Full Content is available to subscribers

Subscribe/Learn More  >

Thermochemical Energy Storage Using Salt Hydrates

[+] Author Affiliations
Ganesh Balasubramanian, Mehdi Ghommem, Muhammad R. Hajj, Ishwar K. Puri

Virginia Tech, Blacksburg, VA

William P. Wong

Science Applications International Corporation, Ottawa, ON, Canada

Jennifer A. Tomlin

Science Applications International Corporation, Blacksburg, VA

Paper No. IMECE2010-39779, pp. 377-382; 6 pages
  • ASME 2010 International Mechanical Engineering Congress and Exposition
  • Volume 5: Energy Systems Analysis, Thermodynamics and Sustainability; NanoEngineering for Energy; Engineering to Address Climate Change, Parts A and B
  • Vancouver, British Columbia, Canada, November 12–18, 2010
  • Conference Sponsors: ASME
  • ISBN: 978-0-7918-4429-8
  • Copyright © 2010 by ASME


We investigate the capability of salt hydrates, using magnesium sulfate heptahydrate as a model salt, to store thermo-chemical energy as they dissociate into anhydrous salts or lower hydrates and water vapor upon heating. When salt hydrates are heated to the temperature required to activate the dehydration reaction, water desorption occurs from the compound. While thermal diffusion governs thermal transport below this reaction temperature, the heat transfer during the dehydration process is influenced by thermochemical kinetics. An anhydrous salt that has relatively higher energy content than its hydrated counterpart can be stably stored over long durations and transported at ambient temperatures. Thus, thermal energy can be released by allowing water vapor to flow across the anhydrous salt, which transforms its chemically stored heat into a sensible form. We model the thermochemical process based on the conservation of mass and energy and a relation describing the chemical kinetics, and employ finite difference technique to solve them. Different cases are considered to provide suggestions to improve the process performance. This storage application has potential for long-term thermal applications, e.g., for storing solar heat during summer months and releasing it in the winter to warm buildings.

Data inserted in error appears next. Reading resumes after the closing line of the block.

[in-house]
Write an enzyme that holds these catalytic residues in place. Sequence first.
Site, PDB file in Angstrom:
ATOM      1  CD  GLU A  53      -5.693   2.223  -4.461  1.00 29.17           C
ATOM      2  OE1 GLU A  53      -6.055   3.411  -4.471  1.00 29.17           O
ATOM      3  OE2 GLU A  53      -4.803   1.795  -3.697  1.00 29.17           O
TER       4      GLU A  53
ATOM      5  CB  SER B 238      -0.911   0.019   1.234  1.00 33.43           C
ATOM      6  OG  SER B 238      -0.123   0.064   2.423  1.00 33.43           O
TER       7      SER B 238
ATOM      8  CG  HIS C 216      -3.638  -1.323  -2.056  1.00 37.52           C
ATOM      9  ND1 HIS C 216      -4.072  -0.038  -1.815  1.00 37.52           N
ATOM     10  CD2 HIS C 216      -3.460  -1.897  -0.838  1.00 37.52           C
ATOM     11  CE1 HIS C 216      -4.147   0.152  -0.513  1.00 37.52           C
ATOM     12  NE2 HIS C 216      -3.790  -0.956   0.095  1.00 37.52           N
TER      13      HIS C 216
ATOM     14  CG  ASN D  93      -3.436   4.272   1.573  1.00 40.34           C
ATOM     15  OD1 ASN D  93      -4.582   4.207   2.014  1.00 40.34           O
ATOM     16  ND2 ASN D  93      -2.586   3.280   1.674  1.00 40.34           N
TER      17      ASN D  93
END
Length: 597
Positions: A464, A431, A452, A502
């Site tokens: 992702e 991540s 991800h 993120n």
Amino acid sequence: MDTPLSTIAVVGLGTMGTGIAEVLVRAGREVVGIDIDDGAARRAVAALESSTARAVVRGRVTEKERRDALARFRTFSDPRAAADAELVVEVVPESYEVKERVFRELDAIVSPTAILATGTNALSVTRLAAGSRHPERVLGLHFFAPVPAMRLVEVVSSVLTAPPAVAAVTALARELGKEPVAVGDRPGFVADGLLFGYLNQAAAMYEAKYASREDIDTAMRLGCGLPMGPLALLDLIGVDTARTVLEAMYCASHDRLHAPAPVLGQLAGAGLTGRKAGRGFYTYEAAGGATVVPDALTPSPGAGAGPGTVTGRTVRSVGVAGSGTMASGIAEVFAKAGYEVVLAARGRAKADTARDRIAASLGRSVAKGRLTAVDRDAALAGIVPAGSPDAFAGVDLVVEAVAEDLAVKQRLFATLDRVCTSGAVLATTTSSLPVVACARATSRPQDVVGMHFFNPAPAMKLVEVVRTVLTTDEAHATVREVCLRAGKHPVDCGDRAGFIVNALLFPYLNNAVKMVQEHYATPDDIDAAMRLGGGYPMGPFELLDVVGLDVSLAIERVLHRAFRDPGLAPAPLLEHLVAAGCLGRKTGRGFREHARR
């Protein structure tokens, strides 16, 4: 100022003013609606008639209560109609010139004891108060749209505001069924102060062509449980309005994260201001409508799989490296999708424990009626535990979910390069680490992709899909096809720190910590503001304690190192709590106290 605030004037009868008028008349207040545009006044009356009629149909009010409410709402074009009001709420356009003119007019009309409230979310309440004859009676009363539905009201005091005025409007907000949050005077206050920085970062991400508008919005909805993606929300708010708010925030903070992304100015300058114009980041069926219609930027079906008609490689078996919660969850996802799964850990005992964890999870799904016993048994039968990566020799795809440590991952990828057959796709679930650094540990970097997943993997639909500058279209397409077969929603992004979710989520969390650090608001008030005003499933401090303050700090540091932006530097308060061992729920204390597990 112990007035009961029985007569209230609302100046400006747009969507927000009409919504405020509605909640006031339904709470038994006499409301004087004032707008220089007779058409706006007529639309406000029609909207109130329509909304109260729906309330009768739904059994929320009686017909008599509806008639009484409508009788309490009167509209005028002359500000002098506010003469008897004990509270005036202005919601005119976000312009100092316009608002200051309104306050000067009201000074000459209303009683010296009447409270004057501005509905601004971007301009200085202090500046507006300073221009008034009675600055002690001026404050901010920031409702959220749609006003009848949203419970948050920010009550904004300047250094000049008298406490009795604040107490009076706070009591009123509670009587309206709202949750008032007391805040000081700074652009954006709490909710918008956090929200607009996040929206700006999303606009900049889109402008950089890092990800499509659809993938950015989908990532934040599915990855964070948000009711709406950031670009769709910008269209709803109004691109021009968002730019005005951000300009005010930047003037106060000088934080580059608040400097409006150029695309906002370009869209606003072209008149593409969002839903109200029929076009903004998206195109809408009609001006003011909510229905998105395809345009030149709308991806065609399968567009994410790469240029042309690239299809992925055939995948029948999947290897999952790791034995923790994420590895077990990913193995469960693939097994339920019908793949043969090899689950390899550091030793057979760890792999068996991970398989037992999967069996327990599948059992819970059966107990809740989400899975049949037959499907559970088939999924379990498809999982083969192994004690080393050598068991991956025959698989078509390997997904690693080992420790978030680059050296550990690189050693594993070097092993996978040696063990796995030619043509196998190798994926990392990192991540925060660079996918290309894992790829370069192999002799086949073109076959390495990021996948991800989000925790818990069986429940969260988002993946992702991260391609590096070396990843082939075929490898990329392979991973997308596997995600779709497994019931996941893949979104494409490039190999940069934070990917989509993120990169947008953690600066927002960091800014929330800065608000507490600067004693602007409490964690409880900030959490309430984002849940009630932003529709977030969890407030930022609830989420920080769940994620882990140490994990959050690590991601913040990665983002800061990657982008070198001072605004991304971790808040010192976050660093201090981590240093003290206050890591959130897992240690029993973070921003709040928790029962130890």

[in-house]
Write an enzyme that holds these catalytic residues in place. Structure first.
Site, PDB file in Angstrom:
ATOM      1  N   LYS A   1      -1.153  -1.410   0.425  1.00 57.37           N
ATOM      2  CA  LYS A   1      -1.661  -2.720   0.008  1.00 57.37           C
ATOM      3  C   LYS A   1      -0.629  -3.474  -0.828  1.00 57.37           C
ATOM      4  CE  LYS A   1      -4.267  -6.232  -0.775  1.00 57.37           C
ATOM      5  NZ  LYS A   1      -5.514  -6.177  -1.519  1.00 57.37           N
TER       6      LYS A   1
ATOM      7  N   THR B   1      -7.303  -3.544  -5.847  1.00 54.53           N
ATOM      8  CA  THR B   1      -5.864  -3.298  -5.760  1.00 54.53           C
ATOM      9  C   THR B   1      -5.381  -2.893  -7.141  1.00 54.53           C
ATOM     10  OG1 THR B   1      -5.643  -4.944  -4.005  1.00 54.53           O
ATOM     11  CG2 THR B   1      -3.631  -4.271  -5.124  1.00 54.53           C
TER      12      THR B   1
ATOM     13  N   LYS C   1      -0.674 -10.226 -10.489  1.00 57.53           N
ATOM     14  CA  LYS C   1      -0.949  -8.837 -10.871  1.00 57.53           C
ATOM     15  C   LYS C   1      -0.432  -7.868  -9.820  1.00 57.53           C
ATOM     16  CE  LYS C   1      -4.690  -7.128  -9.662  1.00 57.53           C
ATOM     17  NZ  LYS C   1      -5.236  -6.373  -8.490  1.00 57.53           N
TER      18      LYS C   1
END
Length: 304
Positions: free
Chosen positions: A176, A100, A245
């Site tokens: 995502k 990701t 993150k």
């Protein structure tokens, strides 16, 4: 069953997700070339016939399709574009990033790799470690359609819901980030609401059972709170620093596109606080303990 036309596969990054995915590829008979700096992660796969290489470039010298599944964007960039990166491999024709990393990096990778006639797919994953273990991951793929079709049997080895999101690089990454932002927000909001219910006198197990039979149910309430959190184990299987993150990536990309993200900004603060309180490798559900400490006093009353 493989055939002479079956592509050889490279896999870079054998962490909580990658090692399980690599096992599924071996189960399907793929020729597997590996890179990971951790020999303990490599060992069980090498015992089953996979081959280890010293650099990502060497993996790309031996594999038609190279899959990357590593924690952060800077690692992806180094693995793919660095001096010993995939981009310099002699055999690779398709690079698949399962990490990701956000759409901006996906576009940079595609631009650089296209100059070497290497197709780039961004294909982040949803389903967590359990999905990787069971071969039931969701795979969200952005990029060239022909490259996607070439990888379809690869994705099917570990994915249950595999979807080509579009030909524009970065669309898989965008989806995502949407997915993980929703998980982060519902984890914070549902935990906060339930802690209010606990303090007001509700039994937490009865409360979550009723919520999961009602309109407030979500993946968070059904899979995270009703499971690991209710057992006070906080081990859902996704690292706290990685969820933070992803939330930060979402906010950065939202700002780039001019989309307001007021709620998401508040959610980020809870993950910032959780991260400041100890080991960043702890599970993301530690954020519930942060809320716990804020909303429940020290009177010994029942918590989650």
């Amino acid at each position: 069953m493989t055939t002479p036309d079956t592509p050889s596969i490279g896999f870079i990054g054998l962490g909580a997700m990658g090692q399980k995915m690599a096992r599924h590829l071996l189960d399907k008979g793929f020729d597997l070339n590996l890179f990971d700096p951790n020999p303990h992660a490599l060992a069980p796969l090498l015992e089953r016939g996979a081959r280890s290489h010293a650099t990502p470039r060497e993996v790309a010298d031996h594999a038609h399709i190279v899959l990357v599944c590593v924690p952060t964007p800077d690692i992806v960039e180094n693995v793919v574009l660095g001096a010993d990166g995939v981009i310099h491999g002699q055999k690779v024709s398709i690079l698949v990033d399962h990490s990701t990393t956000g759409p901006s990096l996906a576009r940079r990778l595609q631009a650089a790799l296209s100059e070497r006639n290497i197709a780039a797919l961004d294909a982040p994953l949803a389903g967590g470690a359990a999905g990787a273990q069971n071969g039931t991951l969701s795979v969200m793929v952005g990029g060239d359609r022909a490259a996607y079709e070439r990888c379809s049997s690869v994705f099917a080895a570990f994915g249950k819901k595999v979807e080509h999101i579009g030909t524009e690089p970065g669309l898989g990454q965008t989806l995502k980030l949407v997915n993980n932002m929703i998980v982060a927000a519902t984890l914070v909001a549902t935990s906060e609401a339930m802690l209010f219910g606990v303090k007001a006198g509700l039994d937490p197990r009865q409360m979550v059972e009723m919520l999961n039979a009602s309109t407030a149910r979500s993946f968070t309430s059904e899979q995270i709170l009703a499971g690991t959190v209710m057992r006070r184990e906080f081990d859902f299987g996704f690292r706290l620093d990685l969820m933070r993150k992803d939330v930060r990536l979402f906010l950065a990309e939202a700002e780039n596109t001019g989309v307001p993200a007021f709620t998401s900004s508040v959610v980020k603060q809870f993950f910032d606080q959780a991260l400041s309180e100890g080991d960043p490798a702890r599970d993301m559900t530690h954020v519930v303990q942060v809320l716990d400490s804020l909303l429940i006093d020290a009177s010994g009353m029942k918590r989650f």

Copyright © 2010 by ASME



Interactive Graphics


Country-Specific Mortality and Growth Failure in Infancy and Yound Children and Association With Material Stature

Use interactive graphics and maps to view and sort country-specific infant and early dhildhood mortality and growth failure data and their association with maternal

Citing articles are presented as examples only. In non-demo SCM6 implementation, integration with CrossRef’s "Cited By" API will populate this tab (http://www.crossref.org/citedby.html).

Some tools below are only available to our subscribers or users with an online account.

Related Content

Customize your page view by dragging and repositioning the boxes below.

Related eBook Content
Topic Collections

Sorry! You do not have access to this content. For assistance or to subscribe, please contact us:

  • TELEPHONE: 1-800-843-2763 (Toll-free in the USA)
  • EMAIL: asmedigitalcollection@asme.org
Sign In